A Jewish Perspective on the Parables of Jesus

By J. Michael Parker, Originally Published on the Oblate School of Theology Blog

“Most parables we have don’t come with explanations; they come to us uninterpreted, as if they’re invitations from the evangelists to readers of every generation to say, ’This is in your hands. You take the responsibility for figuring out what to do with this.’”

Parables will always be open to new interpretations, a Vanderbilt University professor told an enthusiastic audience gathered at Oblate School of Theology for the school’s 10th Annual Montalbano Lecture on March 7, 2018.

Dr. Amy-Jill Levine, who is Jewish, focused on how first-century Jews would understand parables Jesus told, especially those of the Prodigal Son, the Good Samaritan, the lost sheep, the woman who lost 10 coins.

She said she discerned her vocation to teach Christian ministers how to read the New Testament after a childhood experience of being told by a Catholic student her own age, “You killed God.” Her mother assured her that God was not dead, but the girl decided she had to learn where such a horrible accusation arose from. She attended a Catholic catechism class and found no anti-Semitic teachings in the catechism or in the New Testament.

She noted the traumatic accusation occurred before the Second Vatican Council’s Declaration on the Relationship of the Church with Non-Christian Religions, Nostra Aetate, was promulgated.  She was interested in the New Testament because “It’s my story, too,” and is one of the best sources of first-century Jewish history.

“You can look at a parable of ‘The kingdom of heaven is like…’ and get multiple interpretations of it, some good and some not so good. You may have some of your own that work for you; I just want to add to them by giving a general sense of what people would have heard back then,” Dr. Levine explained.

Recalling the popular adage that religion is supposed to “comfort the afflicted and afflict the comfortable,” she suggested that if one thinks of “Blessed are the poor in spirit, for theirs is the kingdom of heaven” as comforting the afflicted, Jesus’ parables can be seen as afflicting the comfortable, since their purpose is to challenge Christians.

“Most parables we have don’t come with explanations; they come to us uninterpreted, as if they’re invitations from the evangelists to readers of every generation to say, ’This is in your hands. You take the responsibility for figuring out what to do with this.’ I actually think that when Jesus told a number of his parables, he left them open-ended to provide thoughts for conversation. She joked that “Peter would say, ‘We’ll talk with one of the Marys and we’ll get it.”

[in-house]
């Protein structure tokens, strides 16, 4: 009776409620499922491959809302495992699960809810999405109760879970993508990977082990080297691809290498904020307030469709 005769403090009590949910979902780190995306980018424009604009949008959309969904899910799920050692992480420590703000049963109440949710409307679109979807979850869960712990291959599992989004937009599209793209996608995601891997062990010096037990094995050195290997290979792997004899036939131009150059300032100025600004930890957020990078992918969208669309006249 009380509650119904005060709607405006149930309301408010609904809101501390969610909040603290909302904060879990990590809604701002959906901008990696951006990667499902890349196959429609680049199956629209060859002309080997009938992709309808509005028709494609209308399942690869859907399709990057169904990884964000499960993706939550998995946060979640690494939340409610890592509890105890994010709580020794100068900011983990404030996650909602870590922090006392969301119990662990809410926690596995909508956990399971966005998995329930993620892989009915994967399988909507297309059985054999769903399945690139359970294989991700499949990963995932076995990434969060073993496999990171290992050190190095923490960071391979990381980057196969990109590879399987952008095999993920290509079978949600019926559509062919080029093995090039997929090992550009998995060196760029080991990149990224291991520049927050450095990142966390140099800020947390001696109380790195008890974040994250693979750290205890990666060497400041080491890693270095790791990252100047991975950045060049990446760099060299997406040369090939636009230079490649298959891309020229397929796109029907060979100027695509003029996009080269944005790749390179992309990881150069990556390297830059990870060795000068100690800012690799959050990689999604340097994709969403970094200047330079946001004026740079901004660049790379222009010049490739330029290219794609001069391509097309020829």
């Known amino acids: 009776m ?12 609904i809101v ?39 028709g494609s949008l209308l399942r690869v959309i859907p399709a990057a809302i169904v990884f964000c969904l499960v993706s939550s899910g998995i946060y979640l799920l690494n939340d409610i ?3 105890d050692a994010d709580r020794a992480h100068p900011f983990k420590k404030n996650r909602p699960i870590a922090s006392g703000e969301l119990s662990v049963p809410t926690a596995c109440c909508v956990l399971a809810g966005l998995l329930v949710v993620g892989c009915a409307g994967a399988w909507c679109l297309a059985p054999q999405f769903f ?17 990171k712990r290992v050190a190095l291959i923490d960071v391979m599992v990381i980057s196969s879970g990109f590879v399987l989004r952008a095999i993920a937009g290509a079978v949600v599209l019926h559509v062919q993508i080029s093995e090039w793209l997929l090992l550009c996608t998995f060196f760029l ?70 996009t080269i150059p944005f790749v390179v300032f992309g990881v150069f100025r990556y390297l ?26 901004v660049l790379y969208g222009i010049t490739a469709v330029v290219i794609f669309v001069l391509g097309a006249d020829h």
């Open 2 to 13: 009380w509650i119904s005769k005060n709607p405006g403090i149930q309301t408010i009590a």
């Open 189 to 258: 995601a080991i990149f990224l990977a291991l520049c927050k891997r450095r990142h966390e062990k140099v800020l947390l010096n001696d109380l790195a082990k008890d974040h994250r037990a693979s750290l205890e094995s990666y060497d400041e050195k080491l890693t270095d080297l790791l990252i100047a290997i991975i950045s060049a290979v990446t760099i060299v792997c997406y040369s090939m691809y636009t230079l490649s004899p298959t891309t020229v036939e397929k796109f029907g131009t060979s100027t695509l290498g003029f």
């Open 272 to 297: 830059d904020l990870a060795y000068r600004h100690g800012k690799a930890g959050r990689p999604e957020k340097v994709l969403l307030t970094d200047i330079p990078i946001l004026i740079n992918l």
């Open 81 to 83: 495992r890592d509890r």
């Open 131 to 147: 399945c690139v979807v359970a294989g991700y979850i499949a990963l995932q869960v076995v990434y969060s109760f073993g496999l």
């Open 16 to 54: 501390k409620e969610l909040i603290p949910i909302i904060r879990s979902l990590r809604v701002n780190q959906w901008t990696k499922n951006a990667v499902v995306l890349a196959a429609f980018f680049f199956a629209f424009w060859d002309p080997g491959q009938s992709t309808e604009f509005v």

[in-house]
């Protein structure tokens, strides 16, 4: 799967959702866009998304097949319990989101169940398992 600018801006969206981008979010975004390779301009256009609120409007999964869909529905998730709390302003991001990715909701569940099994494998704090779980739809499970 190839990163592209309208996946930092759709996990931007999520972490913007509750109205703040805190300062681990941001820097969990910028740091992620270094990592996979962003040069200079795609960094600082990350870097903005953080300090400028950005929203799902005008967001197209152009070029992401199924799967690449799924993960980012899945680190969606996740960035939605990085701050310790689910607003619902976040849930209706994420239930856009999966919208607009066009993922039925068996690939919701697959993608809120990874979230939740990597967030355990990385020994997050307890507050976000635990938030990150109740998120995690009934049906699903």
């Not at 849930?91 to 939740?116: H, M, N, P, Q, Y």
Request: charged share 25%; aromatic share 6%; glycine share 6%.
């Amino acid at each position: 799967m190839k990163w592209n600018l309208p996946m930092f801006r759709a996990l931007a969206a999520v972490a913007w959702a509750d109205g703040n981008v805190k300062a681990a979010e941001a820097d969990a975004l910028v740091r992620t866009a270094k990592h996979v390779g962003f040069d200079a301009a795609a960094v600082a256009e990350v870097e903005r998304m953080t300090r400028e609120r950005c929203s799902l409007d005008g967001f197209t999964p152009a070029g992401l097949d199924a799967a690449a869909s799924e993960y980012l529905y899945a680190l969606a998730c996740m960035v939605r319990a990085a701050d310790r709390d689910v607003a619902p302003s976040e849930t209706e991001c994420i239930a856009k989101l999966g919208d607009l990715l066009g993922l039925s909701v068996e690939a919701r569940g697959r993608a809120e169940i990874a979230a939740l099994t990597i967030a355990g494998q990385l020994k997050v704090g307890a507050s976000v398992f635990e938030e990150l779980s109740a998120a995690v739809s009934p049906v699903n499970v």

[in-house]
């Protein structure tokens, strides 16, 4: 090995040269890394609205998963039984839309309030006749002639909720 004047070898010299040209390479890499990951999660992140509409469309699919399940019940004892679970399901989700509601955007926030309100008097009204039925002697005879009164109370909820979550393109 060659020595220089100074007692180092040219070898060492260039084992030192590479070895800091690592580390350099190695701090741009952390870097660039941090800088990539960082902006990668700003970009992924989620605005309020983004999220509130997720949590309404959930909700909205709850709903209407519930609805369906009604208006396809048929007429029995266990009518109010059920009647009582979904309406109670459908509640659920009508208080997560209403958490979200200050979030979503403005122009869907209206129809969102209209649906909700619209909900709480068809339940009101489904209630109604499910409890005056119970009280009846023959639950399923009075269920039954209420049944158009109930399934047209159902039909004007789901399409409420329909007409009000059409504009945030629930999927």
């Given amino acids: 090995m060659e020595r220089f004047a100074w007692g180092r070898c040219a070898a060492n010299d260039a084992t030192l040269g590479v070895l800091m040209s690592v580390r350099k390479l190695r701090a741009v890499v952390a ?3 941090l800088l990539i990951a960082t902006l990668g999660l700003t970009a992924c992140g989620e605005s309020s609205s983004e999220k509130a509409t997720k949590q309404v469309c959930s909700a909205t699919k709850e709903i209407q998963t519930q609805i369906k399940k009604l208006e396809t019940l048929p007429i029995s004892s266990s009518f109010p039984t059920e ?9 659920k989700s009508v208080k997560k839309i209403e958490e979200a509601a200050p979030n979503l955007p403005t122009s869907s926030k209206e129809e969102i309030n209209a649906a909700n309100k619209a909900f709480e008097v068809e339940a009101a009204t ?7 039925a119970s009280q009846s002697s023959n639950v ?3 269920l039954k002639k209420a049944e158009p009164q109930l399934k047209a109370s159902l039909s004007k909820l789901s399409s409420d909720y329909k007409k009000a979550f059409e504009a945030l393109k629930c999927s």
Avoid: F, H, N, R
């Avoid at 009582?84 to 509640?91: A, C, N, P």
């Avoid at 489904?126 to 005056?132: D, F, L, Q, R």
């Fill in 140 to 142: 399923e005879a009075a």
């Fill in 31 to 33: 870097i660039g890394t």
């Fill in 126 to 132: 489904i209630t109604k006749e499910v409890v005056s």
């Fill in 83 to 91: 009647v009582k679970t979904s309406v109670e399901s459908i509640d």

The merchant selling all he had to buy the pearl of great price would have made no sense to first-century Jews, the professor said, reasoning that had he sold everything he had to buy it, he would be destitute. He could resell it and make a profit, but that is not how the parable ends. Also, merchants were not trusted. “They would sell you things you didn’t need at prices you couldn’t afford, and by the time you’d realize you didn’t need it, they would be in the next town.”

Perhaps, she suggested, Jesus might have told the parable to encourage listeners to ask themselves what is the most important thing in their lives. Teaching in a maximum-security prison in Nashville, Tenn., she asked prisoners that question. One replied “freedom,” because he’d never realized how vital it was until he lost it. Another said “safety,” explaining he never knew when he would be attacked in prison. Levine she realized those two answers identified blessings she took for granted. She said she left the prison thinking, “How can I say I love my neighbor if I don’t know what the most important thing in his life is? Maybe the parable is designed to open us up like this.”

The professor noted that this makes sense in Greek thought. The Stoics had a term called adiaphora – things that are not essential to faith (things neither commanded nor forbidden). Paul was a Stoic, and in Philippians , he writes that his imprisonment is providing opportunity to evangelize the praetorian guards He was to be beheaded, but he is more concerned with using the time he has to evangelize the guards.

“Most people would think that being in prison under a death sentence was not good for Paul, be evangelizing is the only thing important to him. Everything else is adiaphora.

Dr. Levine noted that many people do not know what their own pearl of great price is. If they do know it, it takes courage to go after it. She described a student in her 40s who did and reported she was happier than she had ever been.

Dr. Levine said that early Christians referred to the Good Samaritan parable as “The Parable of the Man Who Fell Among the Robbers” because they were expected to identify with the victim, not with the Samaritan.  The early church and the late medieval church identified the Prodigal Son as a repentant sinner. Levine said the prisoners she taught identified strongly with him since his father, who was assumed to represent God, forgave him and welcomed him home. “They want the father to be God; they want God to love them, no matter what they did,” she commented.

Although not wishing to take away that reading, Levine said she doubts first-century Jews would have read it that way.